Both the European Commission and US officials contend that decision-making procedures should be transparent and should involve all interested parties. A process that treats uncertainty in an open manner, rather than dismissing or downplaying it, may begin to address the concerns that are fueling the popularity of the precautionary principle. In the long run, dealing with the underlying apprehensions that have fostered the precautionary principle may be more practical than attempting to devise a formulation intended to fit all nations.


1. Commission of the European Communities. 2000. Communication from the Commission on the Precautionary Principle.

2. Knoppers BM and Mathios A, eds. 1998. Biotechnology and the Consumer. Kluwer Academic Publishers.

3. Lynch OJ and Maggio G. 1997. Human rights, environment, and economic development: Existing and emerging standards in international law and global society.

4. Kellerhals MD, Jr. 2000. U.S. Codex Delegation Seeks Science-Based Food Safety Guidelines.

5. Raffensperger C and Tickner J, eds. 1999. Protecting Public Health and the Environment: Implementing the Precautionary Principle. Island Press, Inc.

6. VanderZwaag, D. 1997. CEPA and the precautionary principle/approach.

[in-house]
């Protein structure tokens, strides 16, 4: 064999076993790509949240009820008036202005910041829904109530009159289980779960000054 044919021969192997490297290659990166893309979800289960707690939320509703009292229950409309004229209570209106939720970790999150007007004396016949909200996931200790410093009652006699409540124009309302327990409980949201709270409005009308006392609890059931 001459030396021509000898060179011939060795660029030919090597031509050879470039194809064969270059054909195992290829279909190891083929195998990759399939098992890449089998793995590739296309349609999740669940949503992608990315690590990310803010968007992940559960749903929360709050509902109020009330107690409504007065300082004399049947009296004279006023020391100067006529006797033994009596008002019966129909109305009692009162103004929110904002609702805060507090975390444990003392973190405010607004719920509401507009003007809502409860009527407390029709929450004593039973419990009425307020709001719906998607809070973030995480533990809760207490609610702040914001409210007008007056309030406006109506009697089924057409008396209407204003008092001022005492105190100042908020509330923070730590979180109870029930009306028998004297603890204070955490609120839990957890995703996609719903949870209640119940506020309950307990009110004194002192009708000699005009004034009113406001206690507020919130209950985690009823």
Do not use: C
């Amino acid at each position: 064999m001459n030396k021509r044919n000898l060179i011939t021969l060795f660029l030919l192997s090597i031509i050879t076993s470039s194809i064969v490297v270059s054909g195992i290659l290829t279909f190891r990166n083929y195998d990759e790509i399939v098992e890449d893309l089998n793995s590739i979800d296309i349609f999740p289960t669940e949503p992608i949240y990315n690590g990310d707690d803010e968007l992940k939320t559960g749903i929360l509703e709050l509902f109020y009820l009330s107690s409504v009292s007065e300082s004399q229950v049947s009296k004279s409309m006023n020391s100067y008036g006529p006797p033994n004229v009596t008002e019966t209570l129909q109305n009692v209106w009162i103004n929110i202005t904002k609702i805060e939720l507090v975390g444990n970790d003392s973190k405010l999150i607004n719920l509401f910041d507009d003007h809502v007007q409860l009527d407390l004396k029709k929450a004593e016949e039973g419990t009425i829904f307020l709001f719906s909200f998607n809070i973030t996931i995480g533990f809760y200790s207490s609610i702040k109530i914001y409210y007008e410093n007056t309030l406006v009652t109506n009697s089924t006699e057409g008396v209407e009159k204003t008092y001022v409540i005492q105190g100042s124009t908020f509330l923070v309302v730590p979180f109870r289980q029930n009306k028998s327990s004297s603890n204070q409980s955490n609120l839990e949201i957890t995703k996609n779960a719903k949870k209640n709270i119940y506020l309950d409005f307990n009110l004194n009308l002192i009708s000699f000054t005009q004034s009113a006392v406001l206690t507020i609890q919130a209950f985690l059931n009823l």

Phillip B. C. Jones, PhD., J.D.
Seattle, Washington

Profiling CropTech Corporation

CropTech was established in 1992 with a mission to develop and commercialize genetically engineered plants for production of high-valued proteins and biochemicals. CropTech has demonstrated that plants have surprising promise to provide large-scale, cost-effective production of complex bioactive recombinant proteins. In fact, plants may offer the only effective means to manufacture proteins and biochemicals at the scale and cost that will be required for many biopharmaceutical applications, such as anti-cancer drug treatments. We currently have seven sites in Virginia where tobacco with human genes encoding pharmaceutically useful proteins is being grown. CropTech has approximately 40 employees and is located in Blacksburg, VA.